Almost two weeks ago now, I was sitting in church when something unexpected happened. A realization hit me so hard I ended up leaning against the wall sobbing during closing praise.
On the verge of starting my first full time job (as a kindergarten teacher) and shepherding my first small group at church, I assumed that all my energy and all my thoughts should be devoted to those two things. All other relationships, hobbies, and future dreams could be put on the back burner for awhile.
But instead, God reminded me of one of the last things I would have thought appropriate to contemplate in this particular season: My love of classical music.
It keeps coming back at the most random times.
This love was a passion I was always hesitant to take ownership of.
“So I take piano lessons, so what? So I happen to be pretty good, that doesn’t mean I was obsessed with it!” “So I’m a piano performance major, so what? That doesn’t mean I’m a classical music nerd.” I always resisted letting my talent define me. Because it’s true, I am more than a pianist. I am much more than just that.
But while I may turn my back on classical music for 9 months, try to tell myself I can live without it, not consciously think about it for weeks, it always comes crashing back. God reminds me that it’s not something I’m meant to forget.
That Sunday two weeks ago, my pastor preached on Psalm 37:4:
Delight yourself in the Lord and He will give you the desires of your heart.
During the prayer time after the message, God revealed to me what my true desires are and showed me that that is what He wants to give me.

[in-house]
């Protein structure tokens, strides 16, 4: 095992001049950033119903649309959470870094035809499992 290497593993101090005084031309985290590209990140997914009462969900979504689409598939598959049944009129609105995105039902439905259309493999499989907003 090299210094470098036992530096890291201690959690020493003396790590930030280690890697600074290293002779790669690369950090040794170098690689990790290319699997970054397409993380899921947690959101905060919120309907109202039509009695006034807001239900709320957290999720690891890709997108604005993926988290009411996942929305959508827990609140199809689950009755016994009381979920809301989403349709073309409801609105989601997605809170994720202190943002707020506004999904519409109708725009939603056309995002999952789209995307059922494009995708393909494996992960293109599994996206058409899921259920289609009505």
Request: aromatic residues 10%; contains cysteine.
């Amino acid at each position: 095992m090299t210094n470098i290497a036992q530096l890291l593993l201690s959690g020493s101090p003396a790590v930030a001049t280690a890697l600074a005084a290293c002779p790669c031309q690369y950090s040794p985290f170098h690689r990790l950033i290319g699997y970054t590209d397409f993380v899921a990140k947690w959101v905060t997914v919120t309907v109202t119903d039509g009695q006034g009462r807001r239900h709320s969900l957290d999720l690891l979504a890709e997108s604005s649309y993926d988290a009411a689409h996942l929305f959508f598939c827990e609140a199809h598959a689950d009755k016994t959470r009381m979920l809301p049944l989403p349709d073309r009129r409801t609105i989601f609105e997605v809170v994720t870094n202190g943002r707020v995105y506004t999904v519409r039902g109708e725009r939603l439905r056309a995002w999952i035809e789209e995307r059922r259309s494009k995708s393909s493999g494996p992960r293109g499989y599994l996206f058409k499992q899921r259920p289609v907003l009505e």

He reminded me of a vivid dream I had had earlier that week.
I had been at a piano recital and been given the opportunity to play, but I simply had nothing prepared. In the dream, I stared longingly at the piano, tried to rack my brain for pieces I could whip up in the spur of the moment, but I was so rusty that I had absolutely nothing I could play with any semblance of ability on stage, so I just walked away. When I woke up, I was filled with an intense longing to perform. I hadn’t felt that desire in a long, long time. I had thought it had fallen asleep, or maybe died.
My pastor prayed, “Some of you feel desires deep inside that you just can’t shake. Those desires are pointing toward the calling God has for you.”
I suddenly remembered all the times God has told me in the past year not to let go of this desire and dream. Despite all my excuses: it’s impractical, unnecessary, unfashionable, He keeps telling me that this hiatus from classical music is just for a season. He keeps sending people to me with encouraging words about it. He keeps putting me in situations that uncover this hidden desire so strongly that I can’t ignore it.
He even reminded me of a vision someone had for me once about my music going out across North Korea. They just said “my music,” and I’d begun thinking that doing worship music and keyboard music and song writing might be enough for me, that that was the kind of music that would most naturally transform the world anyway.
But in that moment, I felt strongly that it’s not. It’s not enough for me. And it’s not supposed to be.